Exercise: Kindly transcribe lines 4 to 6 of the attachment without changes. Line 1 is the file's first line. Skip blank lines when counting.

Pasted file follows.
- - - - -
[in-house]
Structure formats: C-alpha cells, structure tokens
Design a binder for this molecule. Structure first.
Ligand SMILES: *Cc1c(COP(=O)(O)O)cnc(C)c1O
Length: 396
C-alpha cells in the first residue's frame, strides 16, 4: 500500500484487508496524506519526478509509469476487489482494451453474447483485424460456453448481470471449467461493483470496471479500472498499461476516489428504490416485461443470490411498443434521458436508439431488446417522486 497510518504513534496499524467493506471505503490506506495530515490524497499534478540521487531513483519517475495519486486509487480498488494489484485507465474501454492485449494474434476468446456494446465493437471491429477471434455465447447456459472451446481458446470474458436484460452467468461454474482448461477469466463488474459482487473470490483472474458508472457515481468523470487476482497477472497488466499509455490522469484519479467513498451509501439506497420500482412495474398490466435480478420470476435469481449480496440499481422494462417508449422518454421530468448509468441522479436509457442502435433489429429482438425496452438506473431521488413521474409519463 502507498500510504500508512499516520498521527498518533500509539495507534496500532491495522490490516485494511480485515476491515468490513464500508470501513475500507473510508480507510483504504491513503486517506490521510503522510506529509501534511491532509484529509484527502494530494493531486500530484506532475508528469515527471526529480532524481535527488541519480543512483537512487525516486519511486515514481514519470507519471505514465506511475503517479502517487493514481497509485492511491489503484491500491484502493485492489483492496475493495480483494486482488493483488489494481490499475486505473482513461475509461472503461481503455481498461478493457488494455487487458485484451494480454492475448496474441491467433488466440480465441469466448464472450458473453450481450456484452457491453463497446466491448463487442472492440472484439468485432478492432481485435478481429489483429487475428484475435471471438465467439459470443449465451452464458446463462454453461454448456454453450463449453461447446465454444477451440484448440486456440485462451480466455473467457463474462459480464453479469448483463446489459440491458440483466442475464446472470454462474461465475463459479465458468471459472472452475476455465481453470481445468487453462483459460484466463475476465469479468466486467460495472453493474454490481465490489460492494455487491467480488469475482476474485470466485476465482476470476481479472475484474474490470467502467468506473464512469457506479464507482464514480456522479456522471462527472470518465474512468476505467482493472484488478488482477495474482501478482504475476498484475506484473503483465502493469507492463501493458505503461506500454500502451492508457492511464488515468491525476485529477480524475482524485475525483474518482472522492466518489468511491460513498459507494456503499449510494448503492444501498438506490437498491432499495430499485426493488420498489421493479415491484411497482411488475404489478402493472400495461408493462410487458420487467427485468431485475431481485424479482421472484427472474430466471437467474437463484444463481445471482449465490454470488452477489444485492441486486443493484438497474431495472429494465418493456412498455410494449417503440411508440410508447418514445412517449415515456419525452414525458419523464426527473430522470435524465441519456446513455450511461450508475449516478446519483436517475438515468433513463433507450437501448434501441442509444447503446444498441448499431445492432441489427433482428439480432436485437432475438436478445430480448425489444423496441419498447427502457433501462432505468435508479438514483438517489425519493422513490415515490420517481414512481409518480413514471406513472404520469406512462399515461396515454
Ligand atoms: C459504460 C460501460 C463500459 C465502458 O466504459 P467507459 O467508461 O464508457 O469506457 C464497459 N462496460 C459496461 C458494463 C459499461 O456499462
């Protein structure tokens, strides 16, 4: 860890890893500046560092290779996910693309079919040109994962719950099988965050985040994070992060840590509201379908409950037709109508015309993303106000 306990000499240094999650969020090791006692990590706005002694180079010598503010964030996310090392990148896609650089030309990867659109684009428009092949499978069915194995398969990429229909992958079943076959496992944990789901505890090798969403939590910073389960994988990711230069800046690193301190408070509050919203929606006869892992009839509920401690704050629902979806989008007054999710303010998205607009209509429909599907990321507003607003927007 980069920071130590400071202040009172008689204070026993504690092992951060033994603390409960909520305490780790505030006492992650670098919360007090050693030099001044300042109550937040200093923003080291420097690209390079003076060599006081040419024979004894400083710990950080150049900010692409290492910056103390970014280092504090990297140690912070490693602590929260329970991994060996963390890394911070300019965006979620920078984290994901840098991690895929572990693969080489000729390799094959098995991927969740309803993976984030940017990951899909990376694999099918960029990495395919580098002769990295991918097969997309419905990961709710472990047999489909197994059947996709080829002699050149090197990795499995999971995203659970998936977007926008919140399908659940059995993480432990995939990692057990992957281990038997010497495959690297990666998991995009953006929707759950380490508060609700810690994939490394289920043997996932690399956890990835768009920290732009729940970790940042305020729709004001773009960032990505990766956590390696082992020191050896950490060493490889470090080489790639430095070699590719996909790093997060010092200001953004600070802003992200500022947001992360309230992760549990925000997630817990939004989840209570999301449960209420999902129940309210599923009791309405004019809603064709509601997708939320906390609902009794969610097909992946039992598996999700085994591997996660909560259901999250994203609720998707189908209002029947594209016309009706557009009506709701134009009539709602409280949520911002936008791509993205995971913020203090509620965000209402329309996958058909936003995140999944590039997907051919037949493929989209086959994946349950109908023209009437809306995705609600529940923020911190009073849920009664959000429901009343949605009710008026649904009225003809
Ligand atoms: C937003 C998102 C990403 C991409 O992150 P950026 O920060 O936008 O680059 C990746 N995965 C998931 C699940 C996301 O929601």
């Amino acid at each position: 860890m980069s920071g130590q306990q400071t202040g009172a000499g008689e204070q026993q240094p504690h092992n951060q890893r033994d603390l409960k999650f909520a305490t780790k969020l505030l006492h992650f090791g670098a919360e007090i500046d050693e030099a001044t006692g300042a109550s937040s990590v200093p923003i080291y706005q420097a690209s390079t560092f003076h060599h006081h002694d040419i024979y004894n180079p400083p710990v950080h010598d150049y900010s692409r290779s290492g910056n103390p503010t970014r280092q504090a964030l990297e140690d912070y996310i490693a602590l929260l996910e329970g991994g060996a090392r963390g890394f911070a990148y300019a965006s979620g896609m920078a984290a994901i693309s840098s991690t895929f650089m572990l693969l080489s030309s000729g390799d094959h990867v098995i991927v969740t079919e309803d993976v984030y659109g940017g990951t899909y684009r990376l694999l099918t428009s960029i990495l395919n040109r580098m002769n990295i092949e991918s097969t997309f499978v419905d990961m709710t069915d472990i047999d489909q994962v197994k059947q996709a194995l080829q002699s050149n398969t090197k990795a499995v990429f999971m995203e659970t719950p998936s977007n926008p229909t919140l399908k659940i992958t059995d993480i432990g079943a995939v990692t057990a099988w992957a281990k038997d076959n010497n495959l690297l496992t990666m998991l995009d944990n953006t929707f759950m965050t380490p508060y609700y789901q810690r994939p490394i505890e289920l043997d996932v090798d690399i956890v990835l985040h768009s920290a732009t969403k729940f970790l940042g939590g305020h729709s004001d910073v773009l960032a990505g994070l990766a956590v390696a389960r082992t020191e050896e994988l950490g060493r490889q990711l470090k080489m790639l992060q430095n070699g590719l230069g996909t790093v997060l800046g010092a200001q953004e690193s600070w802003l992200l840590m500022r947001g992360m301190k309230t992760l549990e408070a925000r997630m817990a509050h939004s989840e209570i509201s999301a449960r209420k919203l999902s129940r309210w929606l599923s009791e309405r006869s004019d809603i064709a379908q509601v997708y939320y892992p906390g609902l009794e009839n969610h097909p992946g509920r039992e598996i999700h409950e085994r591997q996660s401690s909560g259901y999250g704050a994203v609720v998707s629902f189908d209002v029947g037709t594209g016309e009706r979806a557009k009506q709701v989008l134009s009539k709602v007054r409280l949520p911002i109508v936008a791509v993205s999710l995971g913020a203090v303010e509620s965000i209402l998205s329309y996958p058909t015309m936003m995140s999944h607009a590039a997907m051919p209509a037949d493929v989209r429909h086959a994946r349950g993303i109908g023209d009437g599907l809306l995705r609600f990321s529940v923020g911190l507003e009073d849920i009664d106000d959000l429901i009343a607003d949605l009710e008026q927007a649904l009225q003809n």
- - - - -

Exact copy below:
Ligand SMILES: *Cc1c(COP(=O)(O)O)cnc(C)c1O
Length: 396
C-alpha cells in the first residue's frame, strides 16, 4: 500500500484487508496524506519526478509509469476487489482494451453474447483485424460456453448481470471449467461493483470496471479500472498499461476516489428504490416485461443470490411498443434521458436508439431488446417522486 497510518504513534496499524467493506471505503490506506495530515490524497499534478540521487531513483519517475495519486486509487480498488494489484485507465474501454492485449494474434476468446456494446465493437471491429477471434455465447447456459472451446481458446470474458436484460452467468461454474482448461477469466463488474459482487473470490483472474458508472457515481468523470487476482497477472497488466499509455490522469484519479467513498451509501439506497420500482412495474398490466435480478420470476435469481449480496440499481422494462417508449422518454421530468448509468441522479436509457442502435433489429429482438425496452438506473431521488413521474409519463 502507498500510504500508512499516520498521527498518533500509539495507534496500532491495522490490516485494511480485515476491515468490513464500508470501513475500507473510508480507510483504504491513503486517506490521510503522510506529509501534511491532509484529509484527502494530494493531486500530484506532475508528469515527471526529480532524481535527488541519480543512483537512487525516486519511486515514481514519470507519471505514465506511475503517479502517487493514481497509485492511491489503484491500491484502493485492489483492496475493495480483494486482488493483488489494481490499475486505473482513461475509461472503461481503455481498461478493457488494455487487458485484451494480454492475448496474441491467433488466440480465441469466448464472450458473453450481450456484452457491453463497446466491448463487442472492440472484439468485432478492432481485435478481429489483429487475428484475435471471438465467439459470443449465451452464458446463462454453461454448456454453450463449453461447446465454444477451440484448440486456440485462451480466455473467457463474462459480464453479469448483463446489459440491458440483466442475464446472470454462474461465475463459479465458468471459472472452475476455465481453470481445468487453462483459460484466463475476465469479468466486467460495472453493474454490481465490489460492494455487491467480488469475482476474485470466485476465482476470476481479472475484474474490470467502467468506473464512469457506479464507482464514480456522479456522471462527472470518465474512468476505467482493472484488478488482477495474482501478482504475476498484475506484473503483465502493469507492463501493458505503461506500454500502451492508457492511464488515468491525476485529477480524475482524485475525483474518482472522492466518489468511491460513498459507494456503499449510494448503492444501498438506490437498491432499495430499485426493488420498489421493479415491484411497482411488475404489478402493472400495461408493462410487458420487467427485468431485475431481485424479482421472484427472474430466471437467474437463484444463481445471482449465490454470488452477489444485492441486486443493484438497474431495472429494465418493456412498455410494449417503440411508440410508447418514445412517449415515456419525452414525458419523464426527473430522470435524465441519456446513455450511461450508475449516478446519483436517475438515468433513463433507450437501448434501441442509444447503446444498441448499431445492432441489427433482428439480432436485437432475438436478445430480448425489444423496441419498447427502457433501462432505468435508479438514483438517489425519493422513490415515490420517481414512481409518480413514471406513472404520469406512462399515461396515454